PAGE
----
Renaux is also extremely charming as Mal, bringing a balance to Li’s portrayal of Alina that gives the characters’ relationship a tender quality. As for the Crows and Nina and Matthias, while they’re given a little less to work with, they’re just as compelling, with Young a particular standout as the roguish Jesper. He plays the mischievous foil to Carter’s Kaz and Suman’s Inej, both of whom are more serious (though about very different things), but all three have plenty of fun moments and their friendship is a highlight of the season. Lastly, Galligan and Skogman have plenty of chemistry as the antagonistic Nina and Matthias and their scenes, though most removed from the rest of the action, are a delight to watch as the characters engage in plenty of verbal sparring. – Molly Freeman, Screen Rant
Young’s confident gunslinger is a clear standout, as is Amita Suman as his knife-wielding compatriot Inej… – Liz Shannon Miller, Collider
The two men on either side of her love triangle — Mal Oretsev (Archie Renaux), Alina’s childhood friend and a fellow soldier, and General Kirigan (Ben Barnes), the mysterious “shadow summoner” of the Grisha army — prove to be wildly different but incredibly compelling foils to her, with Barnes particularly shining in every scene he’s in. The Dregs — leader Kaz Brekker (Freddy Carter), spy Inej Ghafa (Amita Suman), and sharpshooter Jesper Fahey (Kit Young) — are also sure to become fan-favorites, with each bringing a charming, swashbuckling, but meaningful energy to the whole affair. – Jenna Anderson, ComicBook.com
The scenery, the costuming, the visuals of the powers — they are all incredibly expressed on the screen. This show is visually stunning no matter where you look. The clothing perfectly encompasses a feel of past times, but also a fantasy world that doesn’t truly exist. – Tessa Smith, Mama’s Geeky
Production-wise, it’s a beautifully made show, with the best visual touch beyond the effects being the costumes designed by Wendy Partridge, which lean heavily on Russian influences to make this world feel distinct and special from other fantasy tales. – Liz Shannon Miller, Collider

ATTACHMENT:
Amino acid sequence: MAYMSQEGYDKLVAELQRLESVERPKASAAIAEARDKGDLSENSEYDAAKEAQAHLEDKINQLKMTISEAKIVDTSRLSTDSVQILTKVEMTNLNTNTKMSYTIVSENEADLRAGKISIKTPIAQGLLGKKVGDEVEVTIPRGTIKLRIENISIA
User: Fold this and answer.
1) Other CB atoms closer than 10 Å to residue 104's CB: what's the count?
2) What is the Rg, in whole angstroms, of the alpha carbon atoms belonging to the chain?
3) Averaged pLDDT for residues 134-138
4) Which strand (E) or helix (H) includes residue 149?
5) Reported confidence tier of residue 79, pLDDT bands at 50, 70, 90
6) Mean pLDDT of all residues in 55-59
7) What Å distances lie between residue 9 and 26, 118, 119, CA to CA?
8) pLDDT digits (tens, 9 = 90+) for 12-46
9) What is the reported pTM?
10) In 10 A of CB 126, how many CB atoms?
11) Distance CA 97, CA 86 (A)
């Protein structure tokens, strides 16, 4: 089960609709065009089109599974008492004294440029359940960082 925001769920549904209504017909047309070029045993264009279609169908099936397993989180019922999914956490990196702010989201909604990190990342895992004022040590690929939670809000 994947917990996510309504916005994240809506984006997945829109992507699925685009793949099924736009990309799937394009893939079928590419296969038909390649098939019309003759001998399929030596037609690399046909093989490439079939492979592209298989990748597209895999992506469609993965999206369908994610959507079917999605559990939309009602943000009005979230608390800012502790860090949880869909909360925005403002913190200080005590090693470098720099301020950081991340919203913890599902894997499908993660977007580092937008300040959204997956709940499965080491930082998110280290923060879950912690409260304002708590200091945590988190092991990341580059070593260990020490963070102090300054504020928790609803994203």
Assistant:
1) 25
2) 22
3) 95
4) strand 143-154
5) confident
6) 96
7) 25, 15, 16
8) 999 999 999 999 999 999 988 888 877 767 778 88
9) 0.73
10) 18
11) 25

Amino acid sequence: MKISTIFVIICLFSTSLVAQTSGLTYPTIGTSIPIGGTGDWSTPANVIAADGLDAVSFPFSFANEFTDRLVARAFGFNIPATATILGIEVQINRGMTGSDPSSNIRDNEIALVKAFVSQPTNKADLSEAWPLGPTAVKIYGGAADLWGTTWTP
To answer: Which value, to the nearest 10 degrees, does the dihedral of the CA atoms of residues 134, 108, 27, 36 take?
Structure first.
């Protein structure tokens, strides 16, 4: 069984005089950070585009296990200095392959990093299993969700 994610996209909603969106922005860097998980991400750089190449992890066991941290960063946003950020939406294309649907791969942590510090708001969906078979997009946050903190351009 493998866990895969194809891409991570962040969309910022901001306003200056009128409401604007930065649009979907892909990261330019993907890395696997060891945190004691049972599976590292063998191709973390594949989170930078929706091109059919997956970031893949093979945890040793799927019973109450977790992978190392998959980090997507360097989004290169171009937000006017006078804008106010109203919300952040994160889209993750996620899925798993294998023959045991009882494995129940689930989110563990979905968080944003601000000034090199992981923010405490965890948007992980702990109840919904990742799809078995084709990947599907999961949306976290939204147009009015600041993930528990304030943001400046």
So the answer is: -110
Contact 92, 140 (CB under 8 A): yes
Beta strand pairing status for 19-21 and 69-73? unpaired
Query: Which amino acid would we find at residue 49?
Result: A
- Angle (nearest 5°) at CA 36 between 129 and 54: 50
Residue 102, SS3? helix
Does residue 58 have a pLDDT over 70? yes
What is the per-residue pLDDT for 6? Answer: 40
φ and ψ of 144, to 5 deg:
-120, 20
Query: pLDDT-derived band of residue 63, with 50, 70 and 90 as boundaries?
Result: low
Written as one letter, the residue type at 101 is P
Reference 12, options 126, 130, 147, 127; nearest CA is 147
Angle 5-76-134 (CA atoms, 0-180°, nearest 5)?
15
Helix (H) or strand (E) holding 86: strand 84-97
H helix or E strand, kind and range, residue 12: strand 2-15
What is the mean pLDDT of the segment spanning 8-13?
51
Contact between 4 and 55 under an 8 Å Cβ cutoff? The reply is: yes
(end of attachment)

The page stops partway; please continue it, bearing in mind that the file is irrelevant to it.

One of the biggest standouts is undoubtedly the gorgeous costumes, which balance extravagance and practicality with a massive sartorial flair, in a way that will hopefully inspire a flurry of fan-made cosplays. – Jenna Anderson, ComicBook.com
(Photo by David Appleby, © Netflix)
With its magical, orphaned, chosen-one hero (hello, Harry Potter), its story of a young woman destined to cause revolution while caught between her childhood bestie and a dashing, untrustworthy incomer (hey there, Hunger Games) and its dangerous kingdom of backstabbers (Game Of Thrones, we meet again), Shadow And Bone has plenty of familiar echoes. But it’s very watchable, with a compelling world and characters that could help it become a fantasy favourite in its own right. Ben Travis, Empire Magazine
You can watch the first season for the twisty world-building, Wendy Partridge’s lovely costumes, several enjoyable performances and the comfort of its reliable YA plotting. Just don’t expect to immediately understand everything and definitely don’t expect everything to come together by the end. Daniel Fienberg, Hollywood Reporter
Shadow and Bone is a perfectly cast, exquisitely-constructed fantasy dream, one that will find ways to charm both new and existing fans. Jenna Anderson, ComicBook.com
Shadow and Bone premieres Friday, April 23, on Netflix.